It is not exactly clear what will start the whole house of cards tumbling down. Could be some SF unicorn startup failing (Uber?), could be Tesla not being able to raise more debt, could be Facebook once advertisers figure out that nobody with purchasing power really uses FB anymore (that's my subjective impression), could be Netflix succumbing to Net Non-neutrality, could be Amazon AWS being out-competed by Google Cloud (they now have their own new building on HW237 near Moffett Field) and MSFT Azure, could be collateral damage from Bitcoin and crypto-currency meltdown. Could be oil price shock from a civil war in Saudia Arabia. Could be China succumbing to debt. Could be US Healthcare industry succumbing to a repeal of Obamacare. There is a whole flock of black swans out there, paddling furiously to avoid getting dragged over the edge of the waterfall.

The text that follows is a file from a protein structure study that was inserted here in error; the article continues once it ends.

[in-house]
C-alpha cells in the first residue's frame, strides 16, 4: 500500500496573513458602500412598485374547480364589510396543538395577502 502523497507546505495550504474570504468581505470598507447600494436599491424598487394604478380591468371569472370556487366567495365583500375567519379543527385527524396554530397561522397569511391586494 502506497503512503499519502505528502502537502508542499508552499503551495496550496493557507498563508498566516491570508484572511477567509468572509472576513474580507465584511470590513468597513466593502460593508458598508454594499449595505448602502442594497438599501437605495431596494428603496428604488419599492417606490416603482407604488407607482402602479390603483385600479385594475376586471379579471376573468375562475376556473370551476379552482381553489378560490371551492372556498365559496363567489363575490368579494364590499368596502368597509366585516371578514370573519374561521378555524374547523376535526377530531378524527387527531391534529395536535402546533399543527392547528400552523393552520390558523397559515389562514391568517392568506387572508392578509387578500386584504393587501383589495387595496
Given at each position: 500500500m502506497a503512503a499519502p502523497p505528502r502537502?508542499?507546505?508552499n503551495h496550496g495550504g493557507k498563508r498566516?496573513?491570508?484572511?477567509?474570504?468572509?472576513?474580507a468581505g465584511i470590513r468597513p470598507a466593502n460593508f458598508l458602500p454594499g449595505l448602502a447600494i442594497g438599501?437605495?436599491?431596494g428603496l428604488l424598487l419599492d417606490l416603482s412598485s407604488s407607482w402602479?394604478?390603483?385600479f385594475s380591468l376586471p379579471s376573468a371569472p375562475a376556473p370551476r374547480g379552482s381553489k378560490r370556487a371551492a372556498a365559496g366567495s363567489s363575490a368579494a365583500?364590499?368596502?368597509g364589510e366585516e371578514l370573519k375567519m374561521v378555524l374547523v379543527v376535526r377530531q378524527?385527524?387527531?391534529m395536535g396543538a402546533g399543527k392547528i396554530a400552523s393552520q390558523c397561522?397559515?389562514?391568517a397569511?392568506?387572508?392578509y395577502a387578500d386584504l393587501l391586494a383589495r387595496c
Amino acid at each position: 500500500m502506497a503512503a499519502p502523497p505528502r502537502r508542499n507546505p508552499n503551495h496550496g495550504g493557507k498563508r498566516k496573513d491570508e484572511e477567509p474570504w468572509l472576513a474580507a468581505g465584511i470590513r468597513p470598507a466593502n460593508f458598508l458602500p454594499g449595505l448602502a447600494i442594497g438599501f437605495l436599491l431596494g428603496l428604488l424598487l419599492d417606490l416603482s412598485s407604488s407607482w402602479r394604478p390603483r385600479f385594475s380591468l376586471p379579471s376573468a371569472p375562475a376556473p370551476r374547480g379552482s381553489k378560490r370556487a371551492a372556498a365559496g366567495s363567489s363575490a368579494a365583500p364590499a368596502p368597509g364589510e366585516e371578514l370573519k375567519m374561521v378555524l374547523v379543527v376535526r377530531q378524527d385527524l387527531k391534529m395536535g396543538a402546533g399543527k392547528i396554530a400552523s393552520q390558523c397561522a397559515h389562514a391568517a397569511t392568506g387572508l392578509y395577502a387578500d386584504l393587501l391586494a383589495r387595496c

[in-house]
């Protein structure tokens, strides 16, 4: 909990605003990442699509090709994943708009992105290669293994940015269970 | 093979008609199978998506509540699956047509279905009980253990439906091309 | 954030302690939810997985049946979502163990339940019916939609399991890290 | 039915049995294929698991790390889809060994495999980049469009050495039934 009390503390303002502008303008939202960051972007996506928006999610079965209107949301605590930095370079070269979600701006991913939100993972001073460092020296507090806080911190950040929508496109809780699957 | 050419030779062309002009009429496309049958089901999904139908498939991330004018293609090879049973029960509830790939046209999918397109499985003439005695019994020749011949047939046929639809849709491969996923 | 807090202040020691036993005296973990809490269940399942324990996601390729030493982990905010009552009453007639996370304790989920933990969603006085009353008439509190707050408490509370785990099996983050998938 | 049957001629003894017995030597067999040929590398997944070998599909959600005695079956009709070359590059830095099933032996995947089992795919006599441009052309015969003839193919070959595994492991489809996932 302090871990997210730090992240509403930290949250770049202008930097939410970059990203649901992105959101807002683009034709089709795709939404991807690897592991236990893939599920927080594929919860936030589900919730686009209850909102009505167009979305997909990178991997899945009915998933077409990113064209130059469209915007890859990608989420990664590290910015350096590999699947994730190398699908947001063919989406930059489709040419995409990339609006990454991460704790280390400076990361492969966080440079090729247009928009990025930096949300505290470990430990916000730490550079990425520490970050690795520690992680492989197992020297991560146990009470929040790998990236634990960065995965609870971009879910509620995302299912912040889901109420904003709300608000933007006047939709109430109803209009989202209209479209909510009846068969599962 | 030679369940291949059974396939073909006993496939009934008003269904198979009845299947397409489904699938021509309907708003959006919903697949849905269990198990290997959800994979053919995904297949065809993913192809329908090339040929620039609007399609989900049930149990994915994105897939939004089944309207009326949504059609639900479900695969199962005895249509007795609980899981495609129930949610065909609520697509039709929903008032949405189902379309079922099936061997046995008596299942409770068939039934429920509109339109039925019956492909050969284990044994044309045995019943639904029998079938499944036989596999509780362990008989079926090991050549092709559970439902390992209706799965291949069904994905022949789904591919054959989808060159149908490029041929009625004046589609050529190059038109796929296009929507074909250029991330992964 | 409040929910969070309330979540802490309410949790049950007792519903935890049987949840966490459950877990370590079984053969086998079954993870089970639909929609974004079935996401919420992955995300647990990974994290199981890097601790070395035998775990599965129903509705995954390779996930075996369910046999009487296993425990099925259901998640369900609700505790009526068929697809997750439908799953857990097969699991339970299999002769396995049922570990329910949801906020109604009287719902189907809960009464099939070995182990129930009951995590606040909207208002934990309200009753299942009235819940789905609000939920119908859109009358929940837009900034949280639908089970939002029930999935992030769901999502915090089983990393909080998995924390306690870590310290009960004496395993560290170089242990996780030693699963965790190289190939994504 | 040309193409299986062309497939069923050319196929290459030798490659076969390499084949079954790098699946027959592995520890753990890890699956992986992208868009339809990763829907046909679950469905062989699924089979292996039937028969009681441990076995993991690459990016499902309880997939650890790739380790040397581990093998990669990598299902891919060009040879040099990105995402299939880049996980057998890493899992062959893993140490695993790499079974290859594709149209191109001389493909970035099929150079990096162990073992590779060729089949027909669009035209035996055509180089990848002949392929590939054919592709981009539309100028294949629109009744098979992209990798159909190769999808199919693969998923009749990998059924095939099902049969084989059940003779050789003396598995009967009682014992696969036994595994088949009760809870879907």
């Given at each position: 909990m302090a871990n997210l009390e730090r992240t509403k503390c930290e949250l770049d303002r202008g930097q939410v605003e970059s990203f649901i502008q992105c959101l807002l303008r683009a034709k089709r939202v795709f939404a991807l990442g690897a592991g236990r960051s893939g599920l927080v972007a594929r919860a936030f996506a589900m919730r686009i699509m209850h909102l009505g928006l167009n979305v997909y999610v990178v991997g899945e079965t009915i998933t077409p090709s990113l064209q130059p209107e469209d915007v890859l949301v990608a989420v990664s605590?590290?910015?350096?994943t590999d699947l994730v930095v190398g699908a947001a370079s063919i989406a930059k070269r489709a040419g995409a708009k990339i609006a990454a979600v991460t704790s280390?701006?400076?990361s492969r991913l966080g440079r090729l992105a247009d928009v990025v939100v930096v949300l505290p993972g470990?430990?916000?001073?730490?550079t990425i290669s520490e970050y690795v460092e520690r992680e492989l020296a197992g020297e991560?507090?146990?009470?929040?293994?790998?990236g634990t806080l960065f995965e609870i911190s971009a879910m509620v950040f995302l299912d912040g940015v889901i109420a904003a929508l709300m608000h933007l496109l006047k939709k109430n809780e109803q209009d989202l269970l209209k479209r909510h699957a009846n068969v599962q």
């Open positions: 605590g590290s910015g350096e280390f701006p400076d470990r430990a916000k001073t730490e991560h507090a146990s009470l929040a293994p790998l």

24   HEYYOU   ignore (31)   2017 Dec 19, 11:17pm   ↑ like (1)   ↓ dislike (0)   quote   flag        

Black Swan
Having all the info & incapable of seeing the consequences until it's too late?
26   FNWGMOBDVZXDNW   ignore (2)   2017 Dec 20, 6:02am   ↑ like (0)   ↓ dislike (0)   quote   flag        

I have been more conservative than normal for me this past year. The run up in stock prices before the tax bill makes sense to me. It seems to me that the P/E ratios need to be adjusted to a post-tax earnings ratio.
27   bob2356   ignore (4)   2017 Dec 20, 6:26am   ↑ like (1)   ↓ dislike (0)   quote   flag        

justme says
1. P/E being not as as bad as the peak of the dot-com bubble is hardly reassuring.

2. Corporate debt has ballooned from 3.4T to 6.1T from 2008 to 2017, as can be seen here https://fred.stlouisfed.org/series/NCBDBIQ027S

3. That increase in corporate debt has largely been used to buy back stock so as to make P/E look smaller and thereby inflating the stock price. All that non-productive corporate debt will cause big trouble.

4. SP500 weighted earnings have barely recovered to 2007-2008 pre-crisis levels, but the stock prices have ballooned, the earnings can be seen here, http://www.multpl.com/s-p-500-earnings/